2016.28: The Last Stand (Network Airing, HD)
Arnold Schwarzenegger’s return to Hollywood following years spent in politics pretty much began with this low-key action movie which I’ve only just caught up with. This choice of movie was a pretty shrewd move on Arnie’s part- the years of him being the worlds biggest box-office draw were long gone, and he’d no longer be easily linked to old friends like James Cameron in Triple-A blockbusters. So a return to what he always did best- formulaic action films that have limited demand on his acting- was an easy path to take and this film seems pretty much designed for him. Testing the waters to see if he’d still got a film career ahead of him.
Its fun, it’s simple, and it’s surprisingly entertaining- featuring a bunch of likeable good guys and some pretty obvious bad guys, it features a fairly routine plot that isn’t challenging but does reward time spent watching it. The story concerns a Mexican drug-trafficker, Gabriel Cortez, on the run from the FBI in Vegas, racing towards the border in a supercar and aided in his bid for freedom by hired thugs with lots of guns. His route to escape over the border has him headed to the border town of Sommerton, a sleepy backwater place where only Sheriff Ray Owens (Schwarzenegger) and his bunch of misfit deputies stand in the way of Cortez and his army of thugs.
Much is made of Sheriff Owen’s age during the film, and coupled with remarks towards his previous exploits in the Big City they are obvious nods to Arnold’s own age and glittering career. All Owens wants now though is the Quiet LIfe and Cortez and his thugs shatter that completely, forcing the reluctant Sheriff to step up to the plate one last time. Essentially The Last Stand is a Western, one transposed to the present day. Owens is warned that Cortez is on the way and then waits for the inevitable showdown just like so many Hollywood Sheriffs have in the past. Bad guys ride into town in trucks and cars instead of horses and the gun quota is racked up a few notches but the genre conventions like the Sheriff deputising civilians to try save the town are welcome reminders of Western films from the fifties. The film even features the genius cameo of Harry Dean Stanton as a farmer, and I got to admit, the film had me won over soon as Harry showed up.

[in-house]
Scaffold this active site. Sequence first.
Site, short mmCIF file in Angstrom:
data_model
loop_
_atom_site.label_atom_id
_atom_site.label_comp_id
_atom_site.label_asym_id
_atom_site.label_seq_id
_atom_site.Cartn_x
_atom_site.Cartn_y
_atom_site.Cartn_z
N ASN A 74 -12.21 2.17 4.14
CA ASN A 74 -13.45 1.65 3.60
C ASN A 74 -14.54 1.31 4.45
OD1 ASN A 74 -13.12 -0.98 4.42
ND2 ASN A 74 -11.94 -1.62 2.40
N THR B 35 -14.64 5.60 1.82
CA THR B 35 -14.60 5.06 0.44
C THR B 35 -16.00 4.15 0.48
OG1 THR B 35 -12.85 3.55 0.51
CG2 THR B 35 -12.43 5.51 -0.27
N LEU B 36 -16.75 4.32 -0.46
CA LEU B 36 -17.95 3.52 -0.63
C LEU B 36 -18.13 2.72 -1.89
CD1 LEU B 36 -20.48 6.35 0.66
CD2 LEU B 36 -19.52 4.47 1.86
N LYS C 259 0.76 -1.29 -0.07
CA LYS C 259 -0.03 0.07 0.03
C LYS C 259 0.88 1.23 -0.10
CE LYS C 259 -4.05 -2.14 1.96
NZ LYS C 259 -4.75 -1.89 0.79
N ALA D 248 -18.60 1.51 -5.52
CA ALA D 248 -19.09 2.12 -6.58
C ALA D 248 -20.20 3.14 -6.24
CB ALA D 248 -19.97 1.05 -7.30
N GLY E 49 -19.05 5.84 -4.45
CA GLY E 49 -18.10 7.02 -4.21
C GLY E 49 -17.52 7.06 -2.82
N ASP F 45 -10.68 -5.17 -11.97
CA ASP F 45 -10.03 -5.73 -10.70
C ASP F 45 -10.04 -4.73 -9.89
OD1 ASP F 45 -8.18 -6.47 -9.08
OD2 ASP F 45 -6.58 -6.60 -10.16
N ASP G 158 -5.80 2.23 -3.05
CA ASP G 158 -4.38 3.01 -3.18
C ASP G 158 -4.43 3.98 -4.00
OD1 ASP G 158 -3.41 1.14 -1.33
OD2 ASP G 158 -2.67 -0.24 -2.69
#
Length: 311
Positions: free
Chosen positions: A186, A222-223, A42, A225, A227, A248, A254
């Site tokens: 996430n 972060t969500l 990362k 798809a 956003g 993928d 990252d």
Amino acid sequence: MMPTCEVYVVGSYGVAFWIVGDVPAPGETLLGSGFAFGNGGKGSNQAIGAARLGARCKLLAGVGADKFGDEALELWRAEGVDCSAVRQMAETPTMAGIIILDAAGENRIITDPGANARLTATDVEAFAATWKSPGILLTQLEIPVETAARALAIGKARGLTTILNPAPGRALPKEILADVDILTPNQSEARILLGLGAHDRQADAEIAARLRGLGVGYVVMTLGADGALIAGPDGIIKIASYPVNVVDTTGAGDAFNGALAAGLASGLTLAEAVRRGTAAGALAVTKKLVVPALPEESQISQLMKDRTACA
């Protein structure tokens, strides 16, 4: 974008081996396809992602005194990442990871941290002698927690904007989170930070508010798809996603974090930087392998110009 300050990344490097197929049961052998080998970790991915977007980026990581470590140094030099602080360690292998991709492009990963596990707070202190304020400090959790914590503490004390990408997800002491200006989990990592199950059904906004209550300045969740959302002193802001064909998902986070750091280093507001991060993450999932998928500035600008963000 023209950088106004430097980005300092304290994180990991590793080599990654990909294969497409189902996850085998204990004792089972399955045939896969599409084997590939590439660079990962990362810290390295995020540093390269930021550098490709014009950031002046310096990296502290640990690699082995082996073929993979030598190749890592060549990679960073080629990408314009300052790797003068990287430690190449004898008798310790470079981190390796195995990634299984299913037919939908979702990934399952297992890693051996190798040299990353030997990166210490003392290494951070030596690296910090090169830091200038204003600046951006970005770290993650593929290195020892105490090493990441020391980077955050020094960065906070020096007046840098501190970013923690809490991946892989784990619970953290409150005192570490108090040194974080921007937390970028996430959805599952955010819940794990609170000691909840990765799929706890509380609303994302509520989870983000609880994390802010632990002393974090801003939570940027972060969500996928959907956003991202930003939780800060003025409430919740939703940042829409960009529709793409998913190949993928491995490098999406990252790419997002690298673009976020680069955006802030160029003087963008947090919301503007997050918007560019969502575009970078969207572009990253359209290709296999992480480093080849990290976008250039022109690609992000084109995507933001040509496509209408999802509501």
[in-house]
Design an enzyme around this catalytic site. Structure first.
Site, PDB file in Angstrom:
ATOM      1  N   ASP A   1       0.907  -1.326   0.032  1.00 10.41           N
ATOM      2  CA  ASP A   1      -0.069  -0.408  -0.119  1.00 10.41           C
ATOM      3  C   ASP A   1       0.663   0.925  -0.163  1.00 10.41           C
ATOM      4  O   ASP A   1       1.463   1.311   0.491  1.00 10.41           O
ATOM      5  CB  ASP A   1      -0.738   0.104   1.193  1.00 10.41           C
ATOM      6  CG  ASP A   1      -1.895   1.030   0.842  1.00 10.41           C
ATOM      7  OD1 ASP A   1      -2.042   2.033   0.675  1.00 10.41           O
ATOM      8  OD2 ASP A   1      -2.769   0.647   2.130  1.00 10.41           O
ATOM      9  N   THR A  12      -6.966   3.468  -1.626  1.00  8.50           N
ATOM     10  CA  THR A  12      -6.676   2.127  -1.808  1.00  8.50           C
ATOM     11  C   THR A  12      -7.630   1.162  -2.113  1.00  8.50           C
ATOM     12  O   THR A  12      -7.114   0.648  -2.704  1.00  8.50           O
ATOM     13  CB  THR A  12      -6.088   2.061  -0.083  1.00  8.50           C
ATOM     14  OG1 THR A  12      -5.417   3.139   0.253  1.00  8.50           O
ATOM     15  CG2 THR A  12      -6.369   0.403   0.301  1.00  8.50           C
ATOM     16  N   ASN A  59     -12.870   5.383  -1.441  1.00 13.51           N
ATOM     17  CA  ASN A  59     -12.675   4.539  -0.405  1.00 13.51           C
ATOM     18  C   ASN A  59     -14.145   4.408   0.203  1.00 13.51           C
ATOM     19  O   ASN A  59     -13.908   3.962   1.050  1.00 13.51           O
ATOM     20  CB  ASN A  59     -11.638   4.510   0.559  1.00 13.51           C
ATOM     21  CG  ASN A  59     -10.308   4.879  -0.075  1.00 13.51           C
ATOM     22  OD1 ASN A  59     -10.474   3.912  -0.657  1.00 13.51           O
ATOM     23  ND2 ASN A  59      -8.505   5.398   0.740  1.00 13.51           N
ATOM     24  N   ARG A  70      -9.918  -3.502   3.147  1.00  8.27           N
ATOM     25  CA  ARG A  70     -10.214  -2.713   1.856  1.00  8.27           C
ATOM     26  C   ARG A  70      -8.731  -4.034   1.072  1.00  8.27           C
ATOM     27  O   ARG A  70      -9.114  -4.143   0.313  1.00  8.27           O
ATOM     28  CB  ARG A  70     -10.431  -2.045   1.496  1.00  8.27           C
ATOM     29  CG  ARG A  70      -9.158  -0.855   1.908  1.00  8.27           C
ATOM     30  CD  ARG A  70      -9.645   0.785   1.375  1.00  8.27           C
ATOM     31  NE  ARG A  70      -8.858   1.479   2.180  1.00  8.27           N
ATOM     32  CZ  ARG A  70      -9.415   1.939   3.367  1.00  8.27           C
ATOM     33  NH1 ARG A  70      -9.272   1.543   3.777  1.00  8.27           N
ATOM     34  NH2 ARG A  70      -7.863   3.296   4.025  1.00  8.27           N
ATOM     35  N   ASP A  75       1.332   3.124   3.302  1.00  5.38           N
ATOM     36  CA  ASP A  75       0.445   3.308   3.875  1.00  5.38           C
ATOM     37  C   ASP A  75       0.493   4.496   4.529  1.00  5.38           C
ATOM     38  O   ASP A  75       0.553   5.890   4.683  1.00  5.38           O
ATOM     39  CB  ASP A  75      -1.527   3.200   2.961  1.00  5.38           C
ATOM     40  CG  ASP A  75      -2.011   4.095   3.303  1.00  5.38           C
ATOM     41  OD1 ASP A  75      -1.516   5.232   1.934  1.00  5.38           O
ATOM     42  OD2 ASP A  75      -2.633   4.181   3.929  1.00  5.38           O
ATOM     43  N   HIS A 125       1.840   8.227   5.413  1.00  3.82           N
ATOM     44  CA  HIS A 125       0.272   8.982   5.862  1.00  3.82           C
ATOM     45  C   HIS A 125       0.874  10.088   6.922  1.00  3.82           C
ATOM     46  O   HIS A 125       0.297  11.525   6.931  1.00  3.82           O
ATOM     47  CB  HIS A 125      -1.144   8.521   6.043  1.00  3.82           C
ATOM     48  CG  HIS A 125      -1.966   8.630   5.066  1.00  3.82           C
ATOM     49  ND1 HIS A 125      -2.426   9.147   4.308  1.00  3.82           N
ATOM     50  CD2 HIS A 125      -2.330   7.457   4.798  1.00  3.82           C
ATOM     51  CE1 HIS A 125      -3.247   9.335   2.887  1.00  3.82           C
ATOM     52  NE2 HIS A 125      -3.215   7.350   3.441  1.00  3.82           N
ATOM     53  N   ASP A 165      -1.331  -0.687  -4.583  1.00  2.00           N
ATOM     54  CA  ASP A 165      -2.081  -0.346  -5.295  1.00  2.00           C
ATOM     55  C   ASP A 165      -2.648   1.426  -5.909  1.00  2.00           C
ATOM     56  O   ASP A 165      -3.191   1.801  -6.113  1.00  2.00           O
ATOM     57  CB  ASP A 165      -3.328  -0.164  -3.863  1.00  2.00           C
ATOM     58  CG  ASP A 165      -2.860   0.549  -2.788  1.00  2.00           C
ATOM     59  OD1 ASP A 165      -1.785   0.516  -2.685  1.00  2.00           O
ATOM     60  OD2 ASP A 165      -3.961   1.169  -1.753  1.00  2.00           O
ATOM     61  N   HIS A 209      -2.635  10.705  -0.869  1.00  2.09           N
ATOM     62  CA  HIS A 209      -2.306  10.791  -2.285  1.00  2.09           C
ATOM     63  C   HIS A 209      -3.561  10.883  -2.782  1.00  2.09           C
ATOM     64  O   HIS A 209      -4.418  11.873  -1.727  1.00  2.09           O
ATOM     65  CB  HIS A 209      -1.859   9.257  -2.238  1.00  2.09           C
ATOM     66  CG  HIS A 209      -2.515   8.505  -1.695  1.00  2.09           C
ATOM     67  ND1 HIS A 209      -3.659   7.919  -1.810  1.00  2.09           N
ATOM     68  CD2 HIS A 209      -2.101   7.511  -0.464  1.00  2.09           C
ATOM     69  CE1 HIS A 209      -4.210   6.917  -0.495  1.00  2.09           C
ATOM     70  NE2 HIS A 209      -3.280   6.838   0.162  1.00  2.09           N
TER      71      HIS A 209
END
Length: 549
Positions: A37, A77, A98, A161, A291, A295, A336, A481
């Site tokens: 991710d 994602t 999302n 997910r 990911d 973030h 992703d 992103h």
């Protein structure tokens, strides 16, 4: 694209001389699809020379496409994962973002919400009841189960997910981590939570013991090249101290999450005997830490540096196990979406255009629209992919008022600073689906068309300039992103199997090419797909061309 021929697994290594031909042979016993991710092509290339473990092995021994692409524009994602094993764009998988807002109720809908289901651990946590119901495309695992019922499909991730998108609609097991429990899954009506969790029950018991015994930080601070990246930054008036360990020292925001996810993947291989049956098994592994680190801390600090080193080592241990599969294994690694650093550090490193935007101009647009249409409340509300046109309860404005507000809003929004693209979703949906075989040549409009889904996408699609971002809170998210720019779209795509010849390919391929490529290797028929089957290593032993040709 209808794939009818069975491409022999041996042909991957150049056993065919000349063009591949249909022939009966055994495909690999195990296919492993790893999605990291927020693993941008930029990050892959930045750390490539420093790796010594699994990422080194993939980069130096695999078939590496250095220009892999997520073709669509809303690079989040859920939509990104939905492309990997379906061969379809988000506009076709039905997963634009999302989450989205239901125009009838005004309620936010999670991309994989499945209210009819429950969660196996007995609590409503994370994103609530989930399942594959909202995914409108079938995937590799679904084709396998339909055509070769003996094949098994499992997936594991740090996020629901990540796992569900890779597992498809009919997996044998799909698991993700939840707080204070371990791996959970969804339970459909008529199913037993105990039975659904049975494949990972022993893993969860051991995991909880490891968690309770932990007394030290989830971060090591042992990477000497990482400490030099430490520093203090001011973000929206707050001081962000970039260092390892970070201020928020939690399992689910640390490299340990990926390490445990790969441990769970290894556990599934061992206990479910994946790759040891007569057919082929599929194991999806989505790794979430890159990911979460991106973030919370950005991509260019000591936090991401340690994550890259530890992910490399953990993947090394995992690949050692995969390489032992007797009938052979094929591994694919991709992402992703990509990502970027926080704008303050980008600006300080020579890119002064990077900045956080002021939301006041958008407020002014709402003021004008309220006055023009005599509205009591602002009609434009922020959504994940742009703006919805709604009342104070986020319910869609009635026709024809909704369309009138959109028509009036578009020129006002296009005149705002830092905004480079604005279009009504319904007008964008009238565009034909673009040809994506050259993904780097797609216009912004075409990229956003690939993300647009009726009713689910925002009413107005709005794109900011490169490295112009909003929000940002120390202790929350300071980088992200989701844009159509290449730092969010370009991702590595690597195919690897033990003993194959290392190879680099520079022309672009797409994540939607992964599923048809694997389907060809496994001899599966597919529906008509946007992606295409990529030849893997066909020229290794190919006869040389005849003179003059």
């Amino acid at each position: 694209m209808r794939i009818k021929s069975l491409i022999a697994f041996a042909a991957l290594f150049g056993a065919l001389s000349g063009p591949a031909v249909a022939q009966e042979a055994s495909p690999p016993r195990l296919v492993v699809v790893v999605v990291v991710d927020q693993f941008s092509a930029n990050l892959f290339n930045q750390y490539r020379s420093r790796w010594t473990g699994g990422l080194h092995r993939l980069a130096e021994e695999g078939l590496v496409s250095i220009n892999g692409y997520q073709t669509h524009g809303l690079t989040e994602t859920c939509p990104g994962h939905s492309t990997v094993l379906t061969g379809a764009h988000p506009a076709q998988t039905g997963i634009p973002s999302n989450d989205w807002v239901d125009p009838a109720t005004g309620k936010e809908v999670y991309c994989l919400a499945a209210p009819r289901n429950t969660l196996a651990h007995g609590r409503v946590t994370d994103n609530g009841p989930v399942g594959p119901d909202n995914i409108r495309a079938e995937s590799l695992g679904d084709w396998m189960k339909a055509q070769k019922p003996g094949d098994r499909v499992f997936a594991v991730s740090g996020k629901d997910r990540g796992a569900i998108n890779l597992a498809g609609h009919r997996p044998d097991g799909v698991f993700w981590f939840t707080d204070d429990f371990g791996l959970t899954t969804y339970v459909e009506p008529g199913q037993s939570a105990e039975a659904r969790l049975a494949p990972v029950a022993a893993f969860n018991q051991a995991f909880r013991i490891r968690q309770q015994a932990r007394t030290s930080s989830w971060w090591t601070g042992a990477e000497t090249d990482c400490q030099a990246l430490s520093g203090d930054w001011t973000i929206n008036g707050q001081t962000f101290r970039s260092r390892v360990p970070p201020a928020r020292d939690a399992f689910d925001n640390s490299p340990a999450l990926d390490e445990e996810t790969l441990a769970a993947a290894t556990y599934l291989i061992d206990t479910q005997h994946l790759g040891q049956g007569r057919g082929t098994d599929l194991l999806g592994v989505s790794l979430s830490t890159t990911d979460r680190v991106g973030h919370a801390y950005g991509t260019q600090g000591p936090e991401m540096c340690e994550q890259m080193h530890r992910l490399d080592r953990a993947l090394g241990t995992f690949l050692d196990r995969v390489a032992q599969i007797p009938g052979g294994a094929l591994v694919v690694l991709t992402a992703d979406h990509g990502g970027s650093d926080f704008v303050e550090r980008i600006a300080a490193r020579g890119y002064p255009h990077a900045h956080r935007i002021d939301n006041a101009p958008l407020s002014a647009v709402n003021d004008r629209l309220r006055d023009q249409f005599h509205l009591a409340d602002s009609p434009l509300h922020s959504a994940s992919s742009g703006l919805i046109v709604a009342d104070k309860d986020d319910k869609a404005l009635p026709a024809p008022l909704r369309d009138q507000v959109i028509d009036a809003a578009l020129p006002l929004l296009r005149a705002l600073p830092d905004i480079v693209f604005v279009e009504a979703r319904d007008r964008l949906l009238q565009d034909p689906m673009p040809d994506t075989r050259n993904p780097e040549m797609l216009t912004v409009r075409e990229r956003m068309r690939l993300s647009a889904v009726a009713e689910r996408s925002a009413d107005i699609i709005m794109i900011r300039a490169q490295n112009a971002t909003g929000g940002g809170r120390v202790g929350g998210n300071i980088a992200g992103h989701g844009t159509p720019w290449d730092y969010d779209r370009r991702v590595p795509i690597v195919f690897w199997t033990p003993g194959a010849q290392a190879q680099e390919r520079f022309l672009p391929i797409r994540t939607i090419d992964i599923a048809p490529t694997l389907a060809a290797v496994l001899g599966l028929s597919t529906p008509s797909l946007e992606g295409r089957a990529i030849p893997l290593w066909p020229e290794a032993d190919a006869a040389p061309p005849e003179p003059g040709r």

The easy-going, traditional feel of the film is somewhat at odds with some of the very extreme violence of some of the action set-pieces that clearly sets it as a modern film, but it closes with an old-fashioned fist fight between Owens and Cortez that is pure old-style Western and all the better for it. In the old days, tagging Arnie against a foe not equal to his muscular frame was always like a bad joke but with his age in the mix you really feel its a more realistic/threatening match-up.
It’s not a great film but it is an oddly comforting one. There is something great about having Arnold back in starring roles in simple action movies just doing what he does best. It’s a reminder of better, bigger glories, yes, but there is plenty of entertainment to be had here and the whole thing works very well.